4. Worm Castings
I purchase a bag of worm castings and add that into my compost pile. Worm castings are nothing more than worm manure; however, there are many benefits to be had by including it in a homemade fertilizer.
5. Fish Emulsion
For those who are married to avid anglers, tell those husbands to save the fish guts and all to add to the compost pile out back. Fish emulsion is a great activator for my compost pile.
6. Fish Tank Water
My neighbor’s young boy has a fish tank which they clean weekly. I had read somewhere that fish tank water is a great source of nutrients for plants. So, guess what I did? They call me on the day of tank maintenance to come over and get the water. Carrying that much water back to my place was challenging but I did it.
I dump this water into the trash can full of my kitchen compost. The lid goes back on.
7. Water Used For Cooking
I do the same thing with my cooking water as I do with fish tank water. It all goes into the trash can with kitchen compost.
8. Fireplace Ashes
During the winter, I have a coal bucket that the fireplace ashes are put in and set outside to completely cool down. Once cool, it all gets dumped on the compost pile in the backyard.
9. Compost Tea
Now it’s time to reveal my go-to homemade fertilizer! After all the scrap gathering, water hauling, and dumping, it’s time to make compost tea. This is a liquid fertilizer that I bottle up into empty plastic milk jugs.
Compost tea making day is done every 6 weeks or so depending on how full the kitchen compost trash can gets. When it gets ¾ full with liquids and broken down foods, I add two shovel fulls of the compost pile in the back of the yard. Trust me, it does not smell pretty so for those who have weak stomachs, wear a mask.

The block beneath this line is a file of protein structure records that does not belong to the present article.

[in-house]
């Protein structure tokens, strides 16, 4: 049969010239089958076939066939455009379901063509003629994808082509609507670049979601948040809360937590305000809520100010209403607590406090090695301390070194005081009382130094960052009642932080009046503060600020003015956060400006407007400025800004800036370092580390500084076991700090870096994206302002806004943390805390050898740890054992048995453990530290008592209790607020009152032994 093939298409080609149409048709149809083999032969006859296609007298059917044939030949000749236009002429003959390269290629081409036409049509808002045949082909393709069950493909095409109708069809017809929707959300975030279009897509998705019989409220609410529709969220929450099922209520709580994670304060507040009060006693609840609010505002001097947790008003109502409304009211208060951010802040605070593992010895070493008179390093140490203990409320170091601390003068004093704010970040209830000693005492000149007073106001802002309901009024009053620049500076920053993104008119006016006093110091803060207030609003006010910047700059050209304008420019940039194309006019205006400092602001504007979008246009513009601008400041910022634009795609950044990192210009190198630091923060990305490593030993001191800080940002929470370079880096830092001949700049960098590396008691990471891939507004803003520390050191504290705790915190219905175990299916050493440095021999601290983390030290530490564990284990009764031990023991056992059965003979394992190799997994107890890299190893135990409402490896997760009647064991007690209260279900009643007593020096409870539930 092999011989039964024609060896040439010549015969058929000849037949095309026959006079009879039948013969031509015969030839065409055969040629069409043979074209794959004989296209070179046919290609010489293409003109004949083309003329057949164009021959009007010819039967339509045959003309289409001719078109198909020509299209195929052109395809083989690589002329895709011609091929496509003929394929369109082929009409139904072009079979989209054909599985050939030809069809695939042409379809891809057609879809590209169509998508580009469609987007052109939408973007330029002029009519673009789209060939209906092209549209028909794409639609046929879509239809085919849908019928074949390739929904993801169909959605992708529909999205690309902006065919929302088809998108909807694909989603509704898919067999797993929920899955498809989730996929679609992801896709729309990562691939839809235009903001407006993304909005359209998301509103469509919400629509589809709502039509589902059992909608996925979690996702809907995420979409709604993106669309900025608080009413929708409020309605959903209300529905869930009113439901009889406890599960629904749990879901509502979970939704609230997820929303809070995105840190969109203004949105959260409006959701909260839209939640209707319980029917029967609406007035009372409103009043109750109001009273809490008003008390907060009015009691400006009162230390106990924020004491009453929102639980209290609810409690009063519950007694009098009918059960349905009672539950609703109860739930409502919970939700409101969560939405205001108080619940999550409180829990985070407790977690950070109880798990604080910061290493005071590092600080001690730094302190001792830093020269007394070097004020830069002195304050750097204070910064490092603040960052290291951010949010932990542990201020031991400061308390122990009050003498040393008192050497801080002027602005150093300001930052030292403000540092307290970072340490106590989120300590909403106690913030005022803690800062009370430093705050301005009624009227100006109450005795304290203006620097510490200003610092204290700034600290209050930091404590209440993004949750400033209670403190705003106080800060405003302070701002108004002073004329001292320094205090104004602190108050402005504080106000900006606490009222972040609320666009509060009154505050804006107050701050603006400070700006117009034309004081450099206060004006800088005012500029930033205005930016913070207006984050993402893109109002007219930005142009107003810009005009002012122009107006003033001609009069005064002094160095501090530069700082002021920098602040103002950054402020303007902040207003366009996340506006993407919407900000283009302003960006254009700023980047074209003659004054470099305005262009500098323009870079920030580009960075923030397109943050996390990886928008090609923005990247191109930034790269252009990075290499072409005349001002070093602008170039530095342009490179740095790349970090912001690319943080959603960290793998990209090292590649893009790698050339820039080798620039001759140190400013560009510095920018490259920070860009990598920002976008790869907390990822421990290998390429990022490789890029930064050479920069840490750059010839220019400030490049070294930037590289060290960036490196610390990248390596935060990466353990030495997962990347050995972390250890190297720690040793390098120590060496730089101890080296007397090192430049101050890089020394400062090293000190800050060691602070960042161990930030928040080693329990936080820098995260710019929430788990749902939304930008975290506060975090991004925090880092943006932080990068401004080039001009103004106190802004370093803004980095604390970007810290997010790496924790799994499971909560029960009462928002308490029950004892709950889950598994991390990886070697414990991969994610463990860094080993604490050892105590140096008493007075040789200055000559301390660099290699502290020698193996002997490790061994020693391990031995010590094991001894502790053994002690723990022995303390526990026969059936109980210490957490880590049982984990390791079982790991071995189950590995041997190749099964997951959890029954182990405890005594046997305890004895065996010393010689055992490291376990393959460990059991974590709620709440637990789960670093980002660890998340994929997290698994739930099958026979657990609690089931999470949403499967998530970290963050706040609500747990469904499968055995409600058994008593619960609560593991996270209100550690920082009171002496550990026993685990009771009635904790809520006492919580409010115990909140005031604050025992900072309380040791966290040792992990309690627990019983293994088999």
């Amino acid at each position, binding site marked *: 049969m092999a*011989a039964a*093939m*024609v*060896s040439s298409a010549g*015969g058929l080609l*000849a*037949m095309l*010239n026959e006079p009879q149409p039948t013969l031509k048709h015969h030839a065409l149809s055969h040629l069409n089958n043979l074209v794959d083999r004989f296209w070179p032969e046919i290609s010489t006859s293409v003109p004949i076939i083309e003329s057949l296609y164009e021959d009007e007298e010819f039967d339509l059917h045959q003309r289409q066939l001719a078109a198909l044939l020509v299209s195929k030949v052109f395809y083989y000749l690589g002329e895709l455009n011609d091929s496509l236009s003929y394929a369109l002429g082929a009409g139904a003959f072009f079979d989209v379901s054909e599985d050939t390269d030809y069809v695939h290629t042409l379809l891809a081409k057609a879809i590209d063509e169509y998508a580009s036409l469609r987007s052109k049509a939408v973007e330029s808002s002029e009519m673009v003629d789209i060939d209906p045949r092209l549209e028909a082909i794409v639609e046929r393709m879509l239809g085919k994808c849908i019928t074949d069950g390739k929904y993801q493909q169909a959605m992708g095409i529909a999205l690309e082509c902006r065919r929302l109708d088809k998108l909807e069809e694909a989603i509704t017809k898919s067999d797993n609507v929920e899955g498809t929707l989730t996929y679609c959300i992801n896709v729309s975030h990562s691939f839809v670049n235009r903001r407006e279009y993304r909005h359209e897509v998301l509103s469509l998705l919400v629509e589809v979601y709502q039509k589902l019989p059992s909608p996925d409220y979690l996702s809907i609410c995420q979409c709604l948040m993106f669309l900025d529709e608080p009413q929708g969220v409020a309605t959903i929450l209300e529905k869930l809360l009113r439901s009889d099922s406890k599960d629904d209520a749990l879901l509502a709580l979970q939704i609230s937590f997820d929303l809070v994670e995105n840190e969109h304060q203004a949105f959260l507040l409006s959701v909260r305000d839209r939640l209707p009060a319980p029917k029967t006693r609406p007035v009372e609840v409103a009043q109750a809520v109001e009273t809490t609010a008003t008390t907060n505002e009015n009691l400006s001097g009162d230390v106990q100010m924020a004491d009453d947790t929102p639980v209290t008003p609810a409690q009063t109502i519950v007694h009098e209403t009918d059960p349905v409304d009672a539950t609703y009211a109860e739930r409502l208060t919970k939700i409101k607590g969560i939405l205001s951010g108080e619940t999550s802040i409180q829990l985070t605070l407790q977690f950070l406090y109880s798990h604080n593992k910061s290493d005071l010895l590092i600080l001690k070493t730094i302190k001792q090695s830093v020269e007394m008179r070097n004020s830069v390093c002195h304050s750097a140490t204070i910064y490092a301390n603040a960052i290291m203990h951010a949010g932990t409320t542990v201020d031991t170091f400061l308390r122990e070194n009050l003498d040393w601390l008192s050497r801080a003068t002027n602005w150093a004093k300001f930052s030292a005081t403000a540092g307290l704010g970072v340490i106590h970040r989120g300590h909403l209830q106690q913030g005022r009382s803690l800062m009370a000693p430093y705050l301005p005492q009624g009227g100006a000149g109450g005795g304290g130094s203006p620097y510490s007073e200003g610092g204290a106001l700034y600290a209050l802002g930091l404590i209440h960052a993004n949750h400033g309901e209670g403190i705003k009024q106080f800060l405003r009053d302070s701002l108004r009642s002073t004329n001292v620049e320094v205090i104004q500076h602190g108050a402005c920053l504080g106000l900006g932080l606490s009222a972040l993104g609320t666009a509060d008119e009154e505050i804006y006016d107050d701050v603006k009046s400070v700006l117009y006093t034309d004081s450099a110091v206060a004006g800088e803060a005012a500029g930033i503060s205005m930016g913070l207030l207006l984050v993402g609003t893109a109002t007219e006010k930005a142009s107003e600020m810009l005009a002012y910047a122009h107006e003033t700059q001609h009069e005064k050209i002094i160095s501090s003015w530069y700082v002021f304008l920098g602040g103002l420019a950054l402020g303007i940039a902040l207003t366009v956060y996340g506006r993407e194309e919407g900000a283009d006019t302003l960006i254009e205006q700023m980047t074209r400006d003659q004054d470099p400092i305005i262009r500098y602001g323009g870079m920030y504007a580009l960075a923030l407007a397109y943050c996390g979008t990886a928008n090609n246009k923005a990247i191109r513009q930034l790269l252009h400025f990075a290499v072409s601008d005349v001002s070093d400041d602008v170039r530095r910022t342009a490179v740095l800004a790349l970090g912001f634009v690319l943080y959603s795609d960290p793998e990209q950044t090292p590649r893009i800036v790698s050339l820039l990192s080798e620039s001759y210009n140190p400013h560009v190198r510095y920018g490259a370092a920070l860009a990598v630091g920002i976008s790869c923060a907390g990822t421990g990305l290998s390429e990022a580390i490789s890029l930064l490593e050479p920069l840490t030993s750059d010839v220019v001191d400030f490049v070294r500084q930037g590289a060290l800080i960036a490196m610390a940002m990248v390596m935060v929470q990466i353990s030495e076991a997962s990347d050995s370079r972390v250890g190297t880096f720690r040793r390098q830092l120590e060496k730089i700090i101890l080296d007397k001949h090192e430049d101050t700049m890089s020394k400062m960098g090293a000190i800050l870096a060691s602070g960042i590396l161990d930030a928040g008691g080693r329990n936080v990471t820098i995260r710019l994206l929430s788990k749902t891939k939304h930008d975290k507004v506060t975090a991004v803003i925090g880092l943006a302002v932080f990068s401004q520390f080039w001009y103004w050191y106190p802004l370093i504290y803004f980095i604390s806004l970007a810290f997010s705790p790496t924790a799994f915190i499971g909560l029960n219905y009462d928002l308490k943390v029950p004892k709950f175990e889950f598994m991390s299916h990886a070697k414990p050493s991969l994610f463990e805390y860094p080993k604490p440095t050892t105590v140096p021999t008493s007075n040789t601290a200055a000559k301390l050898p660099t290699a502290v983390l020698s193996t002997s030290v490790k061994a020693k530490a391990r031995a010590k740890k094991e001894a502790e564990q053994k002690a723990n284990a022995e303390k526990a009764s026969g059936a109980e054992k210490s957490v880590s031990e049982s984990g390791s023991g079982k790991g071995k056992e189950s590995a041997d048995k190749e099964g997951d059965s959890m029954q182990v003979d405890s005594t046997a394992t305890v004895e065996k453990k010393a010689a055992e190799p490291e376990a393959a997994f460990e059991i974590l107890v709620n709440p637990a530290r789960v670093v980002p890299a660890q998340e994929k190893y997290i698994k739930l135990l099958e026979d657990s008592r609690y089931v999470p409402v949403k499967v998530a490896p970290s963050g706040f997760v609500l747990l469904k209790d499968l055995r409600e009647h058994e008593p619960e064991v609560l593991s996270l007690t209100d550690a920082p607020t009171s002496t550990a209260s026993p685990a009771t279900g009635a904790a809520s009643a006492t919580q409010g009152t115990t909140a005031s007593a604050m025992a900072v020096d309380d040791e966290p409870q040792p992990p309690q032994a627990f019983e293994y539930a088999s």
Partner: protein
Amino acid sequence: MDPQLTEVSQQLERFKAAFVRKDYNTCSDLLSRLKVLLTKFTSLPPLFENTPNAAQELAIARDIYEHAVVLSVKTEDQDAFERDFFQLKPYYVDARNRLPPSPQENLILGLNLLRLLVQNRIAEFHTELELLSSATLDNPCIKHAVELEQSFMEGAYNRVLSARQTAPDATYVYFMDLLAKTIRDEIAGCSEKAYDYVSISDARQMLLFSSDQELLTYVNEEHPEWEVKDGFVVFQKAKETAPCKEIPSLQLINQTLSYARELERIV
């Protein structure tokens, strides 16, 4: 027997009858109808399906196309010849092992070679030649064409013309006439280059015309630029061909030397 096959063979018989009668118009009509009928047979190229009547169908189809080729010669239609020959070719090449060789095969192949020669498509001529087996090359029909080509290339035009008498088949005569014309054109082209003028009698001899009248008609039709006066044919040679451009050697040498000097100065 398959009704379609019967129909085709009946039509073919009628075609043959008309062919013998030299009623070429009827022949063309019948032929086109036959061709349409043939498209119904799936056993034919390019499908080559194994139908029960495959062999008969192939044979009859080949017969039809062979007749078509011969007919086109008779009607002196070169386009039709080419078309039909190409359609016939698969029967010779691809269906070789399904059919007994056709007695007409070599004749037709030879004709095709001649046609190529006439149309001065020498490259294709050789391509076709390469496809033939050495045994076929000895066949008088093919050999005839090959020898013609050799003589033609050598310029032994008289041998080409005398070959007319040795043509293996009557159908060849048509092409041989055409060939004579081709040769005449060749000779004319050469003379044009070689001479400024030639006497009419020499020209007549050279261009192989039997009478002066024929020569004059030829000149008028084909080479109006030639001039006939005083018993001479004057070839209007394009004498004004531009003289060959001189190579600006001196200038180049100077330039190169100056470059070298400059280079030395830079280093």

I used a boat ore to stir the contents in the compost trash can. If it’s too thick I add water. It should be thin enough to pour into the empty milk jugs. Once thoroughly stirred, I use a commercial size ladle and pour the compost tea into the jugs. I have seen this DIY compost tea brewer that is on my list of projects to do.
This nifty brewer will make jugging the tea much easier.
I jug up about 6-10 jugs of compost tea and any remaining left over in the kitchen compost trash can, I pour over my outdoor plants. My friends and neighbors always put their request in for a jug of this compost tea.
Every other week, I pour just enough of this compost tea onto my indoor plants to moisten the soil. And yes, it won’t smell pretty for a few hours. The results are absolutely amazing after a few months of doing this. Not one chemical ever touched my plants and yet they are vigorous and beautiful.
The Effort Is Well Worth It
Gardeners no longer have to ask what is the best fertilizer for indoor plants. My secret is out there. One of the most important indoor gardening tools I have is my homemade compost tea. Try it, it really does work!